Then there were the books and manuscripts which he had marked with diverse leaves turned down thick in them. They are only such choice places which I intended to transcribe, but didn’t get around to. I should be glad if some ingenious young scholar that hath a good, legible hand and a ready and willing mind that delights in writing and reading were requested to do this work.

Keayne also planned on leaving money for the purpose of teaching Indians to write and read and to learn the English tongue…and also that some of our scholars or young students might be encouraged to study and learn the Indian tongue (so that they could convert them to Christianity), but alas a certain Mr. Eliot disgruntled him by trying to run things his own way, and so Keayne cancelled that bequest.

There. Let that be a lesson to people like Mr. Eliot, lest by too much stiffness to have their own will and way, they hinder many good works.

(Source: The Apologia of Robert Keayne, ed. B. Bailyn)

Sunday 11 January 2015


Here is why you should read poetry:
The poet makes things better than nature bringeth forth, or quite anew…The world is made of brass. The poets deliver only gold.
Some people don’t see the filthiness of evil. They need it spelled out in the great foil of comic verse. Then they’ll perceive the beauty of virtue.
Poetry is the mother of lies, you say? Come on now, the poet never maketh any circles around your imagination to conjure you to believe for true what he writes. He citeth no authorities. The poet’s persons and doings are but pictures of what should be.
But, you say, poetry infects us with many pestilent desires. No, it’s your pestilent mind that's at fault. It’s not that poetry abuseth man’s wit, but that man’s wit abuseth poetry. – Poetry is full of virtue-breeding delightfulness.
But of course you can’t appreciate poetry if you have so earth-creeping a mind that it cannot lift itself up to look to the sky of poetry.

(Source:Philip Sidney, An Apology for Poetry, ed. F.G. Robinson)

Thursday 8 January 2015


You don’t have time to read Sigmund Freud’s The Future of an Illusion? OK, here are the most quotable tidbits.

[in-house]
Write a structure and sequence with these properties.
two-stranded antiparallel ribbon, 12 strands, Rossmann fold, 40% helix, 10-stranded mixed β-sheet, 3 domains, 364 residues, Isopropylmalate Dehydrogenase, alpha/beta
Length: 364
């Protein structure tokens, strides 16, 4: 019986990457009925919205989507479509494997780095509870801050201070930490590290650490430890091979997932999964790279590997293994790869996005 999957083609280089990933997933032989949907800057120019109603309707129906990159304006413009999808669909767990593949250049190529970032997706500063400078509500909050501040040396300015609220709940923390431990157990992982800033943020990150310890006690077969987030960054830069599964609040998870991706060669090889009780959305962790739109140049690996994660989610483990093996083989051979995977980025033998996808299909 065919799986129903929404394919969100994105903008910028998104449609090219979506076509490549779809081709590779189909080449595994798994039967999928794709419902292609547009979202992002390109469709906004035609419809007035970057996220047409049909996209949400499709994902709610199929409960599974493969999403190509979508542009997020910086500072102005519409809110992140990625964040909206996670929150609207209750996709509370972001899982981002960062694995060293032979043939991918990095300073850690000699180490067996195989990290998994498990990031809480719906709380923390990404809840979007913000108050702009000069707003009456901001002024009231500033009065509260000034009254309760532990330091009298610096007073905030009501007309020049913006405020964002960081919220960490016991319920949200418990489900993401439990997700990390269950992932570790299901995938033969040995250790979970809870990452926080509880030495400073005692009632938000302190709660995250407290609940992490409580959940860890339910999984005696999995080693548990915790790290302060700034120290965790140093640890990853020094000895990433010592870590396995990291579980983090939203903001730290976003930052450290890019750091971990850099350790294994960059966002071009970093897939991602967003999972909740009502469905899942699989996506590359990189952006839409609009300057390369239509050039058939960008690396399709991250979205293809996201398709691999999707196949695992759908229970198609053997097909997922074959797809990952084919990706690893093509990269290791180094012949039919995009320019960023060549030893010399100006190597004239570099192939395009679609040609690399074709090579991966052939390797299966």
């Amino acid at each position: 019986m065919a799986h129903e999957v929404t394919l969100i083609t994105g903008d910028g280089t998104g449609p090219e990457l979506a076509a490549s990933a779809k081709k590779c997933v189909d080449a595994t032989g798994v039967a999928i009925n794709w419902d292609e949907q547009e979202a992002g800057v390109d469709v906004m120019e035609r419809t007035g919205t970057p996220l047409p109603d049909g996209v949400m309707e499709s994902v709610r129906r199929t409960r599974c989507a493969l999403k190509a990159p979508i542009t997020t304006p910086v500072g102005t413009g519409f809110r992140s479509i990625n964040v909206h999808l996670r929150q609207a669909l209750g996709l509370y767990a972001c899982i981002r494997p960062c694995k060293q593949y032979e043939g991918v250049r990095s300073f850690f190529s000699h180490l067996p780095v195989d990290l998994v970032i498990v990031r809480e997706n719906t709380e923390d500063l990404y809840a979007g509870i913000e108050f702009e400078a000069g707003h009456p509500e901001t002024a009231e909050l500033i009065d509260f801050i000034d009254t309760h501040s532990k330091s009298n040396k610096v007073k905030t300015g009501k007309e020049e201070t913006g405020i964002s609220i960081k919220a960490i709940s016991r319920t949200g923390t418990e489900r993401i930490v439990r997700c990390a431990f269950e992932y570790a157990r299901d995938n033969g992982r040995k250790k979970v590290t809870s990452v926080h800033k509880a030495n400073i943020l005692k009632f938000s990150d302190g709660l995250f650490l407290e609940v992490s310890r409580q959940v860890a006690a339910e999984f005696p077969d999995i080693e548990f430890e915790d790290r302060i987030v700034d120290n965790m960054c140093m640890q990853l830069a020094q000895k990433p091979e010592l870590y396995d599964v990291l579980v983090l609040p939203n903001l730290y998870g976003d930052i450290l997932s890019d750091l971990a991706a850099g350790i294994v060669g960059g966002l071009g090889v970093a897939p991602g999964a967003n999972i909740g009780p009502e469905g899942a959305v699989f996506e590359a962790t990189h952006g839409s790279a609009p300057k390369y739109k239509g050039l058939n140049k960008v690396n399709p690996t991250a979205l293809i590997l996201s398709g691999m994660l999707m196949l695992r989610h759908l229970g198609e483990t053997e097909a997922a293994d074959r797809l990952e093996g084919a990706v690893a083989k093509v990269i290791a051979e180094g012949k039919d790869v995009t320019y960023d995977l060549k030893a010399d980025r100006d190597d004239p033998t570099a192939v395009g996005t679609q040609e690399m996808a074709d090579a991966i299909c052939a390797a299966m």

To maintain our civilization we are obliged to do many things we don’t particularly like to do: (a) work, (b) listen to reason. You see, the problem is:
Humans are not spontaneously fond of work.
And arguments are useless against passions.
But eventually we get used to the demands of civilization: Coercion gradually becomes internalized and the super-ego takes over.
Art could console us, but unfortunately it remains inaccessible to the masses who are engaged in exhausting work.
Legalizing theft would also help. What a string of satisfactions life could be, if you could help yourself to your neighbour’s assets! Until he takes yours. So maybe civilization is preferable.
Civilization has little to fear from educated people and intellectuals. It’s the uneducated masses that endanger it. As long as they have religion, they are kept in check by the fear of Hell, Freud says, but invariably they will begin to doubt the existence of God – even if this piece of writing of mine is not published.

Great stuff, eh? Memorize it, and you’ll be the light of the next party.

Saturday 3 January 2015

IS THIS FOR REAL? 1922 experiment to dye the roots of beech trees.

What the…?  I came across this bit in Karl Kraus’ Die Fackel, November 1922.

A few days ago… a lumber company demonstrated a method to dye trees to the Saxon state minister Buck and a number of invited guests. In that context the reader may be interested to know that a similar process is already being used…near the city of Uslar. Several hundred square meters of a beech wood have been fenced off. A container with red and blue dye is attached to each tree. The dye is conducted to the roots through a rubber hose, using electricity. From the roots the dye spreads to the outermost branches, even as far as the leaves. A sizeable trunk will be completely dyed in about four weeks up to a height of 28 meters. At that point it dies and is cut up. Most of the wood will be used for the manufacture of furniture.

Tell me it ain’t so. But it was. The information can also be found in The Children’s Newspaper, Oct 14 1922. Great stuff to tell your children!